While dogs are more likely to develop hypothyroidism, caused by an underproduction of thyroid hormones, cats are more likely to develop hyperthyroidism, caused by an overproduction of thyroid hormones.
Hyperthyroidism is the opposite of hypothyroidism in many ways and has vastly different symptoms. Dr. Kathleen Aicher, a clinical assistant professor at the Texas A&M School of Veterinary Medicine & Biomedical Sciences, discusses these symptoms and more in the second part of this two-part series on thyroid conditions.
“Thyroid disorders occur commonly in middle-aged to older dogs and cats and, therefore, should be on the radar of pet parents as well as their primary care veterinarians,” Aicher said. “Both disorders can have a significant impact on the health and well-being of patients, particularly untreated hyperthyroidism.”
Hyperthyroidism often appears in cats when excess thyroid hormone is released from either benign enlargement of the thyroid glands or, far less commonly, a cancerous growth. This is rare in dogs, however, which typically only develop hyperthyroidism if their hypothyroidism is being inadvertently over managed, if they develop a tumor that produces thyroid hormones, or if they eat meat containing neck tissue with thyroid glands.
“Patients with hyperthyroidism have weight loss despite eating well or even eating more than usual,” Aicher said. “These patients can also have increases in thirst and urination, be agitated or vocal, and may have gastrointestinal symptoms such as vomiting or diarrhea. Internally, patients with hyperthyroidism can have increases in their heart rate, structural changes within their heart, and hypertension.”
Cats with hyperthyroidism may also appear to have an unkempt haircoat and changes with their body condition, which may be mistaken by their families as changes expected with advanced age. For this reason, annual blood tests for hyperthyroidism are beneficial for all cats once they have reached middle age, or about 7 years old.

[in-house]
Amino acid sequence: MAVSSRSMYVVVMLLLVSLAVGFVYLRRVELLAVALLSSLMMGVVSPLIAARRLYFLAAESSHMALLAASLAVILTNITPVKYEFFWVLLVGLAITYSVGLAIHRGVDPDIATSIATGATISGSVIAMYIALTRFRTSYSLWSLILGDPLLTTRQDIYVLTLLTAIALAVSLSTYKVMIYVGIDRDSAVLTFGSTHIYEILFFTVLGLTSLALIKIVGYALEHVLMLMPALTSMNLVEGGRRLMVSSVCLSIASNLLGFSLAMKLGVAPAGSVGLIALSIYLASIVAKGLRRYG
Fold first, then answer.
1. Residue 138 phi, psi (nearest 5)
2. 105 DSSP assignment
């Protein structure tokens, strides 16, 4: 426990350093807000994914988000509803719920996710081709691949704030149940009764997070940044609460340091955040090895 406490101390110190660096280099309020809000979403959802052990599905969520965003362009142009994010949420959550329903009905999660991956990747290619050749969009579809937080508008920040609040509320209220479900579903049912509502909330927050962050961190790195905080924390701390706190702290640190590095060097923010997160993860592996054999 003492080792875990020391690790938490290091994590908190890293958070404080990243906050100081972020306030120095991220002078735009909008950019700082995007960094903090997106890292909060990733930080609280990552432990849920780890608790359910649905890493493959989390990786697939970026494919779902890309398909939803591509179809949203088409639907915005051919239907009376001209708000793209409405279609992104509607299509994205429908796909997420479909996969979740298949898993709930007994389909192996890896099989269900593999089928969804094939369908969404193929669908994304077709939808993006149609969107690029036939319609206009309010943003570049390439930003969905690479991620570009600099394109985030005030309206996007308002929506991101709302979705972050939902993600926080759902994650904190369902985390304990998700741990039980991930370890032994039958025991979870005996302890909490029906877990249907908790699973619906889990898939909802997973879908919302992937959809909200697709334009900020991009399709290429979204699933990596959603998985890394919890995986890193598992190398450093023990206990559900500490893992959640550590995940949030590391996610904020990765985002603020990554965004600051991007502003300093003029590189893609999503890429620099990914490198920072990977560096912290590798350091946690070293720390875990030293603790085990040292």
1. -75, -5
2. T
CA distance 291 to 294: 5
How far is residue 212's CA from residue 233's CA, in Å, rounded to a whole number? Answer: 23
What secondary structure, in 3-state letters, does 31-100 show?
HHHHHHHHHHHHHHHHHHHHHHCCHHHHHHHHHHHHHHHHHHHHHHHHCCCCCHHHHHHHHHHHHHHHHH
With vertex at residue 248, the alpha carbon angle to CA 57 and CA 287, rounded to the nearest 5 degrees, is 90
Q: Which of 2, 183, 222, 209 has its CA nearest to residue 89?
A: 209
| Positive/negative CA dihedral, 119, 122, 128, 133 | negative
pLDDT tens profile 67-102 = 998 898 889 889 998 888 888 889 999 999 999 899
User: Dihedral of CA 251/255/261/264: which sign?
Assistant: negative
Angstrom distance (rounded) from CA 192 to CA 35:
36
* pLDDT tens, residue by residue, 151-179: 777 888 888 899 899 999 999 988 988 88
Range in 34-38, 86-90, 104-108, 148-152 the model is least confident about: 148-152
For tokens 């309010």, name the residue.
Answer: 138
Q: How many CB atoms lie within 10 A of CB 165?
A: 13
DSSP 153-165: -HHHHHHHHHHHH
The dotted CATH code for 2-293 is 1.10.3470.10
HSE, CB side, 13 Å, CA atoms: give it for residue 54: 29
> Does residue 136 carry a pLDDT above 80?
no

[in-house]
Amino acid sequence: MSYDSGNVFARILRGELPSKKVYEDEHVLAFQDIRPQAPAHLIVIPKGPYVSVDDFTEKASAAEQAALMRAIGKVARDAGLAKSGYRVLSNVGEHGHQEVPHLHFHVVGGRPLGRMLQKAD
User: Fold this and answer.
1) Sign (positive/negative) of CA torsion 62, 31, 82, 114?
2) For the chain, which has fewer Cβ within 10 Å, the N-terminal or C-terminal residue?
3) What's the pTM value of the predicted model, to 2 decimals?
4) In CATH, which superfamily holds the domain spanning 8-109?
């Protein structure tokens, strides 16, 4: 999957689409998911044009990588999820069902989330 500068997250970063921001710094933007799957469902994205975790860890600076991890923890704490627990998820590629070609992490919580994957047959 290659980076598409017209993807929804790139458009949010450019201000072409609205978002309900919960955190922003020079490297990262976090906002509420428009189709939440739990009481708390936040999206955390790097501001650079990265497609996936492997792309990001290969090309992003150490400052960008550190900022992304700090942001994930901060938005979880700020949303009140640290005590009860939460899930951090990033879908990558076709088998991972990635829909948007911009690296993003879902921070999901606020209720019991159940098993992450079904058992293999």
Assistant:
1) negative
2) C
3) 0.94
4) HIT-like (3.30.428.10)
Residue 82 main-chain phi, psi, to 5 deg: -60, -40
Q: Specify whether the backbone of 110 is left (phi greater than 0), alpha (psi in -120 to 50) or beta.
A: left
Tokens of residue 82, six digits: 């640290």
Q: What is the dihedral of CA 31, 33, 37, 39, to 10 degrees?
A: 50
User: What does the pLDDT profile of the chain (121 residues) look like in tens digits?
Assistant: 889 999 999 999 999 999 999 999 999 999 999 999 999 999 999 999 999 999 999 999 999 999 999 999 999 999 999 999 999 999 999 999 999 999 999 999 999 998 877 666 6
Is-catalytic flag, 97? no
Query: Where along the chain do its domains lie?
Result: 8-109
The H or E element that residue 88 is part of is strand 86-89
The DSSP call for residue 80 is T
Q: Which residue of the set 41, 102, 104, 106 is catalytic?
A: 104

“There are four major ways that cats can be treated for hyperthyroidism: daily medication to reduce thyroid hormone synthesis, radioactive iodine that destroys thyroid tissue, surgery to remove the overactive thyroid tissue (thyroidectomy), or exclusively feeding an iodine-restricted diet,” Aicher said.
“It is really important to get hyperthyroid cats to a euthyroid (normal) state to stop the systemic effects that thyroid hormone excess has on their bodies,” she said. “Therefore, definitive treatments, such as radioactive iodine, are preferred, as they have a very high likelihood of curing the cat without the need for a long-term medication or diet change. The downsides to radioactive iodine treatment include a higher initial cost and that treated cats must remain in the hospital for a few days following treatment.”
Because canine hyperthyroidism is usually caused by the dog’s diet or hypothyroidism over management, treatment is usually as simple as adjusting or stopping the dog’s medications or foods.
“In the rare case that a dog has developed hyperthyroidism due to a thyroid hormone-producing tumor, they should be evaluated by a veterinary oncologist to talk more about treatment options for the tumor,” Aicher said.
“Most of the time, thyroid disorder treatments can substantially improve the quality of life for affected dogs and cats,” she said.
If your pet is diagnosed with hyperthyroidism, do not fret; once a treatment plan is established and put into place, most pets will recover from hyperthyroidism and go on to live a long, wonderful life.
Pet Talk is a service of the School of Veterinary Medicine & Biomedical Sciences, Texas A&M University. Stories can be viewed on the web at vetmed.tamu.edu/news/pet-talk. Suggestions for future topics may be directed to firstname.lastname@example.org.